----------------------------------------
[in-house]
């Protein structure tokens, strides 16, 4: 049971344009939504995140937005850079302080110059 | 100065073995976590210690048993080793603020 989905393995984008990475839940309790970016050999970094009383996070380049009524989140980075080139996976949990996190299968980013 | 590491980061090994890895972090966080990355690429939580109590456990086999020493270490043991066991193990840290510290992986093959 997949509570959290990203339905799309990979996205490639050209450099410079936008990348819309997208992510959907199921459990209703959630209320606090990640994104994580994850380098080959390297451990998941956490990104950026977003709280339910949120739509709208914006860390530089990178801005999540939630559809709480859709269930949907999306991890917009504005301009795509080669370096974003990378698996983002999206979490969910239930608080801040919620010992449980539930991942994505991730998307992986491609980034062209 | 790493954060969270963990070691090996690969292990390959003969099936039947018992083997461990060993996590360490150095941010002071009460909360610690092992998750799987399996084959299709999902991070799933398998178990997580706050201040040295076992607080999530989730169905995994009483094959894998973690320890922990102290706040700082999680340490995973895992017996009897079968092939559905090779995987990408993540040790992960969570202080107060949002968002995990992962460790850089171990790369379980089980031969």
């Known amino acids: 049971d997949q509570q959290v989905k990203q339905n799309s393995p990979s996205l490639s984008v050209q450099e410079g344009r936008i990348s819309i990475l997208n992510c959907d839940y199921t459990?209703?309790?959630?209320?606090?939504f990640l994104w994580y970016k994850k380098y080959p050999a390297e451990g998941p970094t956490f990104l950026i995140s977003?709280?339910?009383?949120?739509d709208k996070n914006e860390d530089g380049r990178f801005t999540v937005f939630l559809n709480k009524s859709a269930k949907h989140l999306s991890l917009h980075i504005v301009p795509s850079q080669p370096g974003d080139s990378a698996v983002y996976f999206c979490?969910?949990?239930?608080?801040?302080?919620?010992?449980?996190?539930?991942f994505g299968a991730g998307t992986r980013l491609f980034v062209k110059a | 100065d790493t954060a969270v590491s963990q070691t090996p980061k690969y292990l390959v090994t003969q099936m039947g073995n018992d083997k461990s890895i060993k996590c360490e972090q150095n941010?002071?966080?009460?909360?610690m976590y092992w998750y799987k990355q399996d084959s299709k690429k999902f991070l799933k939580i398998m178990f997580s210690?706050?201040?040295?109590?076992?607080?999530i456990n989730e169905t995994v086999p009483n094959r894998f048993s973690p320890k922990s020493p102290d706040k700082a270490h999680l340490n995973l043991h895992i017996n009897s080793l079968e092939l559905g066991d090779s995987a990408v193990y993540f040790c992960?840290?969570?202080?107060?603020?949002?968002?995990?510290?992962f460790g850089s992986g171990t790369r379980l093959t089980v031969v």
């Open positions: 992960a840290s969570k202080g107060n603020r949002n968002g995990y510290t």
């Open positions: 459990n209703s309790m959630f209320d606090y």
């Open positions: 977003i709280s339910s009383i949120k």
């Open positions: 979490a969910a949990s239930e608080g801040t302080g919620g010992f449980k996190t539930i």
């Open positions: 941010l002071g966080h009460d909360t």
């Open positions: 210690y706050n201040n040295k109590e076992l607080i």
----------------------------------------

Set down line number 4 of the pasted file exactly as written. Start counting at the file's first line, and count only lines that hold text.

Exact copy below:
């Open positions: 992960a840290s969570k202080g107060n603020r949002n968002g995990y510290t």